- 17. A Year In France – Episode 17
- 18. A Year In France – Episode 18
- 19. A Year In France – Episode 19
- 20. A Year In France – Episode 20
- 21. A Year In France – Episode 21
- 22. A Year In France – Episode 22
- 23. A Year In France – Episode 23
Maddy kicked off her shoes and sank down on to the sofa. Thank goodness the London Book Fair was over for another year.
Always exciting but exhausting, this year had been no different. The presence of Leah, though, had had an unsettling effect on Maddy. She was still trying to work out why. And what, precisely, was Leah’s agenda?
Kirsty had been happy with the way Leah had managed everything. She had congratulated her on the smooth running of things. There hadn’t been any hiccups in any of her appointments over the three days like there had been for Maddy.
At first Maddy had put it down to Leah not being experienced enough, but the incident with her notes for the Importance Of Foreign Rights seminar that Kirsty had insisted she sat on the panel for, had made her question that.
She’d put the notes on the desk on the stand the morning of the discussion, ready to pick up later, only to find they’d vanished.
“Leah, have you moved my notes?” she’d asked crossly.
“Where were they?”
“I put them on here earlier and now they’re not there.”
“They’re probably in the bin.” Leah had shrugged indifferently. “I knocked a couple of coffees over on the desk earlier. Everything was sodden. Thank goodness I managed to move the laptop in time. I just threw everything else in there.” She’d gestured at the wastepaper basket.
Maddy, knowing that screaming at Leah for being an idiot was pointless, had glared at her before pulling the coffee-stained papers out of the basket. They were illegible. Leah didn’t even attempt to say sorry.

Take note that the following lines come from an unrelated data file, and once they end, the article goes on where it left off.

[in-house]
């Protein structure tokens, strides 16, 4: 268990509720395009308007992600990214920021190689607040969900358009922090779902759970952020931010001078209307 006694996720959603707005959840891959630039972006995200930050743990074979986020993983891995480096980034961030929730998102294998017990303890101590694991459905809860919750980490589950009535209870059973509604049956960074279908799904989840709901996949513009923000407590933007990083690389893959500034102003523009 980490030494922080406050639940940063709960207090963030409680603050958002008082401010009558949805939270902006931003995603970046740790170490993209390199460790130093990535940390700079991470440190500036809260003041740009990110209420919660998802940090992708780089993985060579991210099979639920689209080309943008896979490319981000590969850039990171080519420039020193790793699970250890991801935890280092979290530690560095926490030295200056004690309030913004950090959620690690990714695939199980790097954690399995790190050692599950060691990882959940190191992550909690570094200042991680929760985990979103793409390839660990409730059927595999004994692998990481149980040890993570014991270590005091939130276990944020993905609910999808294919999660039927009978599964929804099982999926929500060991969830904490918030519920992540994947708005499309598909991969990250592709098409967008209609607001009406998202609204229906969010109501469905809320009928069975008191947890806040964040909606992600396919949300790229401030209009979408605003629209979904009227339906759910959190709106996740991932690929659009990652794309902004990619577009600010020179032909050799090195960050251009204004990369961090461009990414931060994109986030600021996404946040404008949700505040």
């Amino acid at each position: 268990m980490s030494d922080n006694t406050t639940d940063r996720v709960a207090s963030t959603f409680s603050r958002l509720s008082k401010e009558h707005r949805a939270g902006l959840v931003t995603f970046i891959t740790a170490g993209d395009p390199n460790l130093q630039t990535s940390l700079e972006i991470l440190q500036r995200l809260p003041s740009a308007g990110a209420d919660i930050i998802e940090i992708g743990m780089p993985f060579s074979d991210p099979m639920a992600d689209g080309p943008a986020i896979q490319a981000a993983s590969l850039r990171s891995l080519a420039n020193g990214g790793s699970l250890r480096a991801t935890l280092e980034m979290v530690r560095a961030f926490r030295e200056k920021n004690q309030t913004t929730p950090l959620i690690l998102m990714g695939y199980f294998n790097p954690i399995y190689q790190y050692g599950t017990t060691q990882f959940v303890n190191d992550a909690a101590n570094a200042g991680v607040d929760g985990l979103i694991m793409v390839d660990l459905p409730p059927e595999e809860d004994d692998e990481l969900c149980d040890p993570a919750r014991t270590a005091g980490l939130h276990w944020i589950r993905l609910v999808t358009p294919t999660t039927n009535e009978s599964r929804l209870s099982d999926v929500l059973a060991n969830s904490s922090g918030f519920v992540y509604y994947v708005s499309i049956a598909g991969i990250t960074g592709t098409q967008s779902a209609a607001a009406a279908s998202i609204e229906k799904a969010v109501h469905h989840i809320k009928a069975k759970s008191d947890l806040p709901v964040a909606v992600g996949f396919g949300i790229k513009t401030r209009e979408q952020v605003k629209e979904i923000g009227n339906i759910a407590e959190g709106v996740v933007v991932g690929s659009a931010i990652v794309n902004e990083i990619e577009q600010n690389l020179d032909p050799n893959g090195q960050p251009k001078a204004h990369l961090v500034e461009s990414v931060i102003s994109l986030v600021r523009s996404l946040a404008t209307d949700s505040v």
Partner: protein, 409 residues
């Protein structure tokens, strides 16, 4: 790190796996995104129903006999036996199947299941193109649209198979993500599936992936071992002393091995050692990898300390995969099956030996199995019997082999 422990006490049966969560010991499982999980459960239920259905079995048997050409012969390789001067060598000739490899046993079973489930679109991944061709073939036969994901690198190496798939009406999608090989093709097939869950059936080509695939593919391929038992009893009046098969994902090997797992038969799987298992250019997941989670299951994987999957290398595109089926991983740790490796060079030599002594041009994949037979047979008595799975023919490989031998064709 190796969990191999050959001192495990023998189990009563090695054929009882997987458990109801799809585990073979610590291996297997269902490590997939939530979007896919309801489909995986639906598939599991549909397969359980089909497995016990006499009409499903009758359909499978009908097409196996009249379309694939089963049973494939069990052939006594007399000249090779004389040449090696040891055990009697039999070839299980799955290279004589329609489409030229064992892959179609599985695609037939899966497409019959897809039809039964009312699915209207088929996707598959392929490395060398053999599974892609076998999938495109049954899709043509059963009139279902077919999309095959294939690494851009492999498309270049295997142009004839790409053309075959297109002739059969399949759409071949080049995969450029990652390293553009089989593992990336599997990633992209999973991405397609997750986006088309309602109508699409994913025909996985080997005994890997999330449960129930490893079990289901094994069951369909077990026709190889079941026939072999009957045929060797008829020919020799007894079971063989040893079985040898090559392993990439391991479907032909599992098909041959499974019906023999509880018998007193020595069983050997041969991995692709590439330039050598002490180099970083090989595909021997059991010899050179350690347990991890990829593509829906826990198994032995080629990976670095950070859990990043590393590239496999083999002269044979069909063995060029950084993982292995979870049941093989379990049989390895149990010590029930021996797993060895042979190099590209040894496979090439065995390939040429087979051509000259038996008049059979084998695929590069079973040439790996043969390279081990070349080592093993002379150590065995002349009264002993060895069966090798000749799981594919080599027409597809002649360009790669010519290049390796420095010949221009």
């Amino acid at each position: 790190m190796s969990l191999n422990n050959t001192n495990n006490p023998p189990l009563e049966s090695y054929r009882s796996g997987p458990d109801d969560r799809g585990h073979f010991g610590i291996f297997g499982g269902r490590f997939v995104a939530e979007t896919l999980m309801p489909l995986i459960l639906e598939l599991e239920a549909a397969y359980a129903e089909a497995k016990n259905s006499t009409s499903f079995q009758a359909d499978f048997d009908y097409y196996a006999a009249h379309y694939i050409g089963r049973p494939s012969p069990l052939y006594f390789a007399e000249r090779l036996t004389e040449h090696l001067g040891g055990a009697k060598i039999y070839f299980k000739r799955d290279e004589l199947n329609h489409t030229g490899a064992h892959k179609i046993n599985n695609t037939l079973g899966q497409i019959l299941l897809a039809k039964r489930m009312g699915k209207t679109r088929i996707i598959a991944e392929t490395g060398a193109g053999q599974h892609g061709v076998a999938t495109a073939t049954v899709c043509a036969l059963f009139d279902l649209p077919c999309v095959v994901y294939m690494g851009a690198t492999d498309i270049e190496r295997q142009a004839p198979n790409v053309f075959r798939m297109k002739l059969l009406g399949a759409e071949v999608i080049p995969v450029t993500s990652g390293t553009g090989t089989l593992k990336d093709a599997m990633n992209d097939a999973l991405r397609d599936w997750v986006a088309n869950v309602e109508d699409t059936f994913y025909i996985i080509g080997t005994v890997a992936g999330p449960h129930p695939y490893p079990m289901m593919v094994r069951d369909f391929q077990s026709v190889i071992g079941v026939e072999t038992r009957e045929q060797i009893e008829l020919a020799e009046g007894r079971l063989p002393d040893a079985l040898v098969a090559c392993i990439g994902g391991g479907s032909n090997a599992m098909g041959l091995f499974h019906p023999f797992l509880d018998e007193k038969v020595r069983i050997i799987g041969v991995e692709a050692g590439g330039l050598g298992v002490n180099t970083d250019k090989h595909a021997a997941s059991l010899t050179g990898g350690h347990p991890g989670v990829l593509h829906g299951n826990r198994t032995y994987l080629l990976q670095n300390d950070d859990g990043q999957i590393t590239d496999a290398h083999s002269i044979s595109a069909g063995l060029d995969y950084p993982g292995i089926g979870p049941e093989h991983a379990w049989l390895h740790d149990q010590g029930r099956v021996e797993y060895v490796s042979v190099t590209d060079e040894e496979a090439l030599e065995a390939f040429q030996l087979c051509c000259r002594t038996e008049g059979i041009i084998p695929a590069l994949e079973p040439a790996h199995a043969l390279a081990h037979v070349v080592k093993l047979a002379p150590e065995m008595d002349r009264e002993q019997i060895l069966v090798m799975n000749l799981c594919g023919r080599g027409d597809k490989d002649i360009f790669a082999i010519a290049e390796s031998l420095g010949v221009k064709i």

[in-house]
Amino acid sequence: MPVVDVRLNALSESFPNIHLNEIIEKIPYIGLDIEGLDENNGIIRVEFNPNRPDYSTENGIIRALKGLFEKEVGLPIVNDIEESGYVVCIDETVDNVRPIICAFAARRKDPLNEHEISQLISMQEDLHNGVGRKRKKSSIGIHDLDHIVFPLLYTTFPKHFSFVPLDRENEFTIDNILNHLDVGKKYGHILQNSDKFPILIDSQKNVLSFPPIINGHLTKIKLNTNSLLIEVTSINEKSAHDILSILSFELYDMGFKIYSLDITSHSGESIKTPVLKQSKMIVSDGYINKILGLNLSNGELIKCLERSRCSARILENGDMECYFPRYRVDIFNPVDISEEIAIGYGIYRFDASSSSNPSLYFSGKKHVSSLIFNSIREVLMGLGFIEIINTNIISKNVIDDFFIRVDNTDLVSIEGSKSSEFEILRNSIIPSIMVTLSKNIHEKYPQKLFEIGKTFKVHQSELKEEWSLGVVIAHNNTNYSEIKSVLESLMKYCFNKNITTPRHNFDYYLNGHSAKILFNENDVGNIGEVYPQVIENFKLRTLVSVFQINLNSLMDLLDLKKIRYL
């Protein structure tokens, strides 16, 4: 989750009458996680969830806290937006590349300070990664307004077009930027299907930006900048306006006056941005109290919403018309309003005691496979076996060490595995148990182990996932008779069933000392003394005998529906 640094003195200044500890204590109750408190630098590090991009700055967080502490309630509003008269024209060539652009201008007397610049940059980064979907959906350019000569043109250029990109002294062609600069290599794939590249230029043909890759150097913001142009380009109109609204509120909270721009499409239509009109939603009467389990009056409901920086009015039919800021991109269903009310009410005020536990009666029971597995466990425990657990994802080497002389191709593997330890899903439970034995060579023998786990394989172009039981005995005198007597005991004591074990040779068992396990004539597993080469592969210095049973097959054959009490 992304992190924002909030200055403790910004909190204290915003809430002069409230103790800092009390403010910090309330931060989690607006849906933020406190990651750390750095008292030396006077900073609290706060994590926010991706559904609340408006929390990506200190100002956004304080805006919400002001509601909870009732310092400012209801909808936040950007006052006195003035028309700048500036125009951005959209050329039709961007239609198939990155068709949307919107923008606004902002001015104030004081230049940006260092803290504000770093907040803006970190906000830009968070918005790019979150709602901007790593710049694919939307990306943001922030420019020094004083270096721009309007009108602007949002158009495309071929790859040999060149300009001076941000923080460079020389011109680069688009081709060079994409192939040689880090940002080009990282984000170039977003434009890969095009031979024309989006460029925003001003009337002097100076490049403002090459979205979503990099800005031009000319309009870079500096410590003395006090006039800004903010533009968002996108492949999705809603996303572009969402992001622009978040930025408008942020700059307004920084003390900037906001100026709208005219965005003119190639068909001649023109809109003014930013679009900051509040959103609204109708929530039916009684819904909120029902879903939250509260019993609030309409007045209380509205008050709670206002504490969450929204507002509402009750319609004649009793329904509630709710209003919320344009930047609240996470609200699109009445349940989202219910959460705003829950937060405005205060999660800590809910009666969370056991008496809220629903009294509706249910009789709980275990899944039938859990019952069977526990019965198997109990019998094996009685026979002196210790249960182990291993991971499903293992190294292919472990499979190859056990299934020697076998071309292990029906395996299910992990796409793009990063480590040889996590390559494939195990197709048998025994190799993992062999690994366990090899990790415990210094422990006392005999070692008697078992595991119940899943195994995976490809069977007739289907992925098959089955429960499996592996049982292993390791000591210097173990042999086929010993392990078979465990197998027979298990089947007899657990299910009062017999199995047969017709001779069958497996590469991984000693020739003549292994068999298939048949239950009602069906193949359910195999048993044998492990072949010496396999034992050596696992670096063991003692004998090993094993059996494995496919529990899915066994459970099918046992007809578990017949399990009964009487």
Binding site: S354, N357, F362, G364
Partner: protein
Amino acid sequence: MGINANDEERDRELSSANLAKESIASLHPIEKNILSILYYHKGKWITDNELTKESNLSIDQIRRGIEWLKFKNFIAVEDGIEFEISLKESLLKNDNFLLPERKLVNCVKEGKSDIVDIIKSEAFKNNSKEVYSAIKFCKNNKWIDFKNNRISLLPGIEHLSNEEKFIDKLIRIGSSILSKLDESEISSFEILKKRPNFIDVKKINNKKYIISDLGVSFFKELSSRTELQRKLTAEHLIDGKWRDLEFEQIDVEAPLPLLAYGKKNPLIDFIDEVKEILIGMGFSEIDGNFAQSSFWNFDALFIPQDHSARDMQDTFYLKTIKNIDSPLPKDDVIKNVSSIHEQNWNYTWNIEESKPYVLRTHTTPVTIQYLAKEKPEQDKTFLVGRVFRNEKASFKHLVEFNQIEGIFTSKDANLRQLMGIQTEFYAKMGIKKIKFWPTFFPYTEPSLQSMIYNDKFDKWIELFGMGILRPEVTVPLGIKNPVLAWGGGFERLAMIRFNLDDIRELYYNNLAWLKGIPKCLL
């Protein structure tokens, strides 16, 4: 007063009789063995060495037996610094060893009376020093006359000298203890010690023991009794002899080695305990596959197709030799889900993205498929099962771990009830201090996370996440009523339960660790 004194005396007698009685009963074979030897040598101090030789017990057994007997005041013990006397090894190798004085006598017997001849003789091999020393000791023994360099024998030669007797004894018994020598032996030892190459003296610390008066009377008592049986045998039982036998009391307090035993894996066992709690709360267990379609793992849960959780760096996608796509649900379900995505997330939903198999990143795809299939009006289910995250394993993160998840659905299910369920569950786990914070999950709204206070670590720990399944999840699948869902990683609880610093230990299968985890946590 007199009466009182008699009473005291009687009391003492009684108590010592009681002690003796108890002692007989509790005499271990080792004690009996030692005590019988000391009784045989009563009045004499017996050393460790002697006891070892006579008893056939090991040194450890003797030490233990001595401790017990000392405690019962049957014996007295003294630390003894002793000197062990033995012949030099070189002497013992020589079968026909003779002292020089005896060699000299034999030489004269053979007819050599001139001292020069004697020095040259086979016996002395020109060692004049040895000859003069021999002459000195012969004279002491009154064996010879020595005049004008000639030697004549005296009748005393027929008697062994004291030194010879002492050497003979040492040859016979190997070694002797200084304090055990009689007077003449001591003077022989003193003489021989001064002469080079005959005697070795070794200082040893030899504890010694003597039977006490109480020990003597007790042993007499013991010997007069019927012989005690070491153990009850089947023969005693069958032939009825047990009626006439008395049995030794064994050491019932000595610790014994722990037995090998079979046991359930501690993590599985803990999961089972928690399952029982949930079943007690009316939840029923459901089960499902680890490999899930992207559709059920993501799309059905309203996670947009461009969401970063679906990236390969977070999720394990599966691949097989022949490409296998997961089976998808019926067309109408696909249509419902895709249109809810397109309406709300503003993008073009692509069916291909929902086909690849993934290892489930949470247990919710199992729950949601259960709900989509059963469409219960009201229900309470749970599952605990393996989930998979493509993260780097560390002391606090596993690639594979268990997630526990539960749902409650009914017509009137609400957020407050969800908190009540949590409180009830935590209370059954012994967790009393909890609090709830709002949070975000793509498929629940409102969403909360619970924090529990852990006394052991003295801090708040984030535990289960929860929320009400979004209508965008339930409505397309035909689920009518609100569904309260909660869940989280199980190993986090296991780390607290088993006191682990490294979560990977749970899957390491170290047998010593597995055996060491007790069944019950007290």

She couldn’t have spilled the coffee deliberately, could she, trying to sabotage her discussion? Well, it hadn’t worked if that had been her plan.
Maddy smiled as she remembered how well the seminar had gone. All the congratulations heaped on her, with people asking if she could handle their foreign rights for them.
Of course she’d had to tell them to contact the agency in the usual way if they wanted to become clients.
The flat door opened and Dannie appeared. This was a different, happier Dannie from the one who’d appeared only days ago.
Because of the hours they’d both been working, Maddy hadn’t yet had an opportunity to ask Dannie how things were working out.
“You look shattered,” Dannie said, joining Maddy on the settee.
“I am. You? How are the jobs going?”
“I love the boutique. I wish I could have more hours there. The coffee shop is OK.”
Maddie raised her eyebrows.
“Oh, it’s fine really. One of the other girls is a bit difficult to get along with, but there’s always one, isn’t there?”
“Tell me about it,” Maddy said. “I think we both deserve a treat tonight. Fancy a take-away?”